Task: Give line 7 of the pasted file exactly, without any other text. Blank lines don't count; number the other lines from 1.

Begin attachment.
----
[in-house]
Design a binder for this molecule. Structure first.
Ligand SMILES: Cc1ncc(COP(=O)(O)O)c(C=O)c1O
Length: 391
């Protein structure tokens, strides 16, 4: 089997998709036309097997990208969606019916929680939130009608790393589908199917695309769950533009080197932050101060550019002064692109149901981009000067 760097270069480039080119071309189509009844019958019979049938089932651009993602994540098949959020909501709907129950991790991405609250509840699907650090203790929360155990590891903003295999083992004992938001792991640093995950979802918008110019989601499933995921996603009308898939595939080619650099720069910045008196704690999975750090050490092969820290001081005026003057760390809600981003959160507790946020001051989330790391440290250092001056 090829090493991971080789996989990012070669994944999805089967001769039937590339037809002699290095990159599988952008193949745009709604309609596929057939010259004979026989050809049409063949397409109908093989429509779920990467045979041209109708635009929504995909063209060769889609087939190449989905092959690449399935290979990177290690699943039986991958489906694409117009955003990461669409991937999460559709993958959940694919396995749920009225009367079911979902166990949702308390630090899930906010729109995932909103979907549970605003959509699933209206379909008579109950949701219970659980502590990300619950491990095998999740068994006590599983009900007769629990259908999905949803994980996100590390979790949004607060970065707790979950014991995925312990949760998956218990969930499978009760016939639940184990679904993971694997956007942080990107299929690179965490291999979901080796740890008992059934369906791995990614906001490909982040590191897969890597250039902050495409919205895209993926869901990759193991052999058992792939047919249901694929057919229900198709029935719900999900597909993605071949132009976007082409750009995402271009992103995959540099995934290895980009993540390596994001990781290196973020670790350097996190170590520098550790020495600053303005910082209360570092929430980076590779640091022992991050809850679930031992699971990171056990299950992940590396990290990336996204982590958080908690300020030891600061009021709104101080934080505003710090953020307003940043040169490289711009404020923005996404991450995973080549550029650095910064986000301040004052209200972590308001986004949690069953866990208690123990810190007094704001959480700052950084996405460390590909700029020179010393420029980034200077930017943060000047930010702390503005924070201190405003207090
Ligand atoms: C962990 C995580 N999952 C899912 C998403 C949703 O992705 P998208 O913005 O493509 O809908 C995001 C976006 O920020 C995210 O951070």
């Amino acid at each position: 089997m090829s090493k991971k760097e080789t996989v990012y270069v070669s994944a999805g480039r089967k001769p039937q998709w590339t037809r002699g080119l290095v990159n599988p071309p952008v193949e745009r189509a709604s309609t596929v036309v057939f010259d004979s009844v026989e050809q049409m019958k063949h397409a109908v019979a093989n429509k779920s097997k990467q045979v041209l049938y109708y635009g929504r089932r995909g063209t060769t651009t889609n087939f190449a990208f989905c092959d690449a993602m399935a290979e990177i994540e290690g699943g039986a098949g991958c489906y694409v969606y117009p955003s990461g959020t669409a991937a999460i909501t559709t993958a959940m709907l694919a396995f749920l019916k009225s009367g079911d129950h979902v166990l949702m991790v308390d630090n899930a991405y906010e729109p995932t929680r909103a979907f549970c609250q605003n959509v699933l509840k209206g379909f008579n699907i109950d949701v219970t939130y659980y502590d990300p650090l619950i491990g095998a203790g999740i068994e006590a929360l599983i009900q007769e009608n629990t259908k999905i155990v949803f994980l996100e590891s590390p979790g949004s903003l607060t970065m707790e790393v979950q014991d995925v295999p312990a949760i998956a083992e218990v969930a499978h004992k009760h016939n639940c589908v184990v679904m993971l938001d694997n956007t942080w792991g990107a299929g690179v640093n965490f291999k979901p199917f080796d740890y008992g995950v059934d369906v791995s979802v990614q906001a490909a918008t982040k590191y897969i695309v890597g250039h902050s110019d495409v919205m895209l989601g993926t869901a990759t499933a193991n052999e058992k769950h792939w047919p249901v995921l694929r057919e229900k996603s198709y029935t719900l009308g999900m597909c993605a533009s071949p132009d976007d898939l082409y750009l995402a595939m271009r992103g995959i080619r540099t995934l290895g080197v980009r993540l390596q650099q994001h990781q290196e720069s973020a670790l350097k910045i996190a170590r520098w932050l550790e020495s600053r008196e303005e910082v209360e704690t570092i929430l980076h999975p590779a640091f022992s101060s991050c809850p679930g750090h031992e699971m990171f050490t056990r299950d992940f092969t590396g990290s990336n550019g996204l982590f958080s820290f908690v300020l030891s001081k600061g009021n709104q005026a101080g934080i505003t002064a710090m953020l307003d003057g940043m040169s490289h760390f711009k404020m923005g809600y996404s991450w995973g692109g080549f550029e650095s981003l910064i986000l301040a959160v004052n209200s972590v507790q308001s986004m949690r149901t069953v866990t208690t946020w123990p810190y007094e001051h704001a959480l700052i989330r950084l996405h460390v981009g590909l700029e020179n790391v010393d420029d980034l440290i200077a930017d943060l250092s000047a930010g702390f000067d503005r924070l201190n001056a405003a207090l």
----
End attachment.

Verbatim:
């Amino acid at each position: 089997m090829s090493k991971k760097e080789t996989v990012y270069v070669s994944a999805g480039r089967k001769p039937q998709w590339t037809r002699g080119l290095v990159n599988p071309p952008v193949e745009r189509a709604s309609t596929v036309v057939f010259d004979s009844v026989e050809q049409m019958k063949h397409a109908v019979a093989n429509k779920s097997k990467q045979v041209l049938y109708y635009g929504r089932r995909g063209t060769t651009t889609n087939f190449a990208f989905c092959d690449a993602m399935a290979e990177i994540e290690g699943g039986a098949g991958c489906y694409v969606y117009p955003s990461g959020t669409a991937a999460i909501t559709t993958a959940m709907l694919a396995f749920l019916k009225s009367g079911d129950h979902v166990l949702m991790v308390d630090n899930a991405y906010e729109p995932t929680r909103a979907f549970c609250q605003n959509v699933l509840k209206g379909f008579n699907i109950d949701v219970t939130y659980y502590d990300p650090l619950i491990g095998a203790g999740i068994e006590a929360l599983i009900q007769e009608n629990t259908k999905i155990v949803f994980l996100e590891s590390p979790g949004s903003l607060t970065m707790e790393v979950q014991d995925v295999p312990a949760i998956a083992e218990v969930a499978h004992k009760h016939n639940c589908v184990v679904m993971l938001d694997n956007t942080w792991g990107a299929g690179v640093n965490f291999k979901p199917f080796d740890y008992g995950v059934d369906v791995s979802v990614q906001a490909a918008t982040k590191y897969i695309v890597g250039h902050s110019d495409v919205m895209l989601g993926t869901a990759t499933a193991n052999e058992k769950h792939w047919p249901v995921l694929r057919e229900k996603s198709y029935t719900l009308g999900m597909c993605a533009s071949p132009d976007d898939l082409y750009l995402a595939m271009r992103g995959i080619r540099t995934l290895g080197v980009r993540l390596q650099q994001h990781q290196e720069s973020a670790l350097k910045i996190a170590r520098w932050l550790e020495s600053r008196e303005e910082v209360e704690t570092i929430l980076h999975p590779a640091f022992s101060s991050c809850p679930g750090h031992e699971m990171f050490t056990r299950d992940f092969t590396g990290s990336n550019g996204l982590f958080s820290f908690v300020l030891s001081k600061g009021n709104q005026a101080g934080i505003t002064a710090m953020l307003d003057g940043m040169s490289h760390f711009k404020m923005g809600y996404s991450w995973g692109g080549f550029e650095s981003l910064i986000l301040a959160v004052n209200s972590v507790q308001s986004m949690r149901t069953v866990t208690t946020w123990p810190y007094e001051h704001a959480l700052i989330r950084l996405h460390v981009g590909l700029e020179n790391v010393d420029d980034l440290i200077a930017d943060l250092s000047a930010g702390f000067d503005r924070l201190n001056a405003a207090l």